I’ll Do It My Way

by Karen on September 23, 2011

Everywhere I turn, I observe people taking short cuts to problem solving, side-stepping the opportunity and responsibility to get involved and help make improvements.  Instead they throw up their hands and seem to be saying “I’ll do it my way!” Why?

A social/recreation organization I belong to was at one time considered one of the best places to meet new people and build long-lasting friendships.  Events were organized to ensure if you wanted to be involved, improve your skills and meet new people, you just sign up.  If the events weren’t meeting member needs, there was a strong desire to meet with the leaders and fix it.  Most recently, however, small groups of “discontented” folks have chosen to solve their problem by forming their own exclusive group.  Outcome: an organization that is not welcoming to new people, excludes (intentionally or unintentionally) others and ultimately creates a disconnected community.

Less than a year ago a client was excited to be outsourcing a part of the business to a partner hoping to leverage the superior experience of that partner and free up time and resources to concentrate on their core business.  Now, this same organization is taking back the activity because the partner doesn’t value their assets like they had hoped.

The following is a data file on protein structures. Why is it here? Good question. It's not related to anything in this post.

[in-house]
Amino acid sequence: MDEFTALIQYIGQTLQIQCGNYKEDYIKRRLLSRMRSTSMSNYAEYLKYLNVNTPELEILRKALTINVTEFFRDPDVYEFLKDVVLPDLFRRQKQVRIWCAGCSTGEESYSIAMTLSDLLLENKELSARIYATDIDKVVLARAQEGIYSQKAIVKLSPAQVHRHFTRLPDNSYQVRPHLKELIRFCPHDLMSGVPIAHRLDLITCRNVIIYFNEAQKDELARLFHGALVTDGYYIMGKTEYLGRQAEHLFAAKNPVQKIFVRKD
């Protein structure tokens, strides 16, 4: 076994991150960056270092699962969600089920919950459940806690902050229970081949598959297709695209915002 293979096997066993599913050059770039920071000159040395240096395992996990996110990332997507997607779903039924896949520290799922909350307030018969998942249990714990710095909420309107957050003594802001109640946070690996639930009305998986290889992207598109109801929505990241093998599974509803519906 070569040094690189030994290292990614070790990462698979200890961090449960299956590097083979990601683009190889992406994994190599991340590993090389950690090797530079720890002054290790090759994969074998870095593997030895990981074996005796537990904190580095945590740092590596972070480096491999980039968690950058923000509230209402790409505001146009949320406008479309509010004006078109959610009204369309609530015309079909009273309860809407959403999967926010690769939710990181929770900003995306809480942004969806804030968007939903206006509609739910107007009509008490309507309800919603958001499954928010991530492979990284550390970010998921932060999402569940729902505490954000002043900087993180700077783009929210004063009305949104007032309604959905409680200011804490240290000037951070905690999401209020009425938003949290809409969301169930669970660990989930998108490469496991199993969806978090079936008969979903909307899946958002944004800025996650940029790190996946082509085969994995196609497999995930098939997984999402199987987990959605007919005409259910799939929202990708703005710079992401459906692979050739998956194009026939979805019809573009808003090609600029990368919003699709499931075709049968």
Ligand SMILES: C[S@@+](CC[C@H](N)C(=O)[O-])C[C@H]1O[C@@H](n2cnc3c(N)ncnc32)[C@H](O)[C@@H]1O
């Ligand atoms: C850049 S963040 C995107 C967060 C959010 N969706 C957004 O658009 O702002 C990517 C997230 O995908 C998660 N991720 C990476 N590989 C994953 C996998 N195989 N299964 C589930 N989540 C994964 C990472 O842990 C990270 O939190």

A client listened intently to the learnings of a discovery we completed.  It made sense to him, he wanted to know more about how to execute accordingly, took notes and went back to his desk to give it a try.  Three days later he asked to meet and review his work.  It was as if he didn’t really buy-in to our recommendations.  When I asked why, his response was, “Well I agree completely with your findings, it all makes sense, but if I changed my approach it would take too long and it wouldn’t look like my work anyway.”

A young friend just entering college, in a program of her choice and passion, is already “hating” it.  The instructors are well qualified and respected.  It is a program that is small and as such is fully attentive to individual student needs and provides great opportunity to work with fellow students.  However, this learner doesn’t like being told what to do and as such, just isn’t doing it.  She can’t see value in listening and learning from successful leaders in her chosen field.  She wants to make “her own mark.”

What is the common thread in all of these conversations?  Is it the missing desire to collaborate, listen to others, learn from others, and work together for a better solution?  Or, is it something to do with the idea of the “me generation”?  Or is it simply that people are too busy to relate?


Leave a Comment

Previous post:

Next post: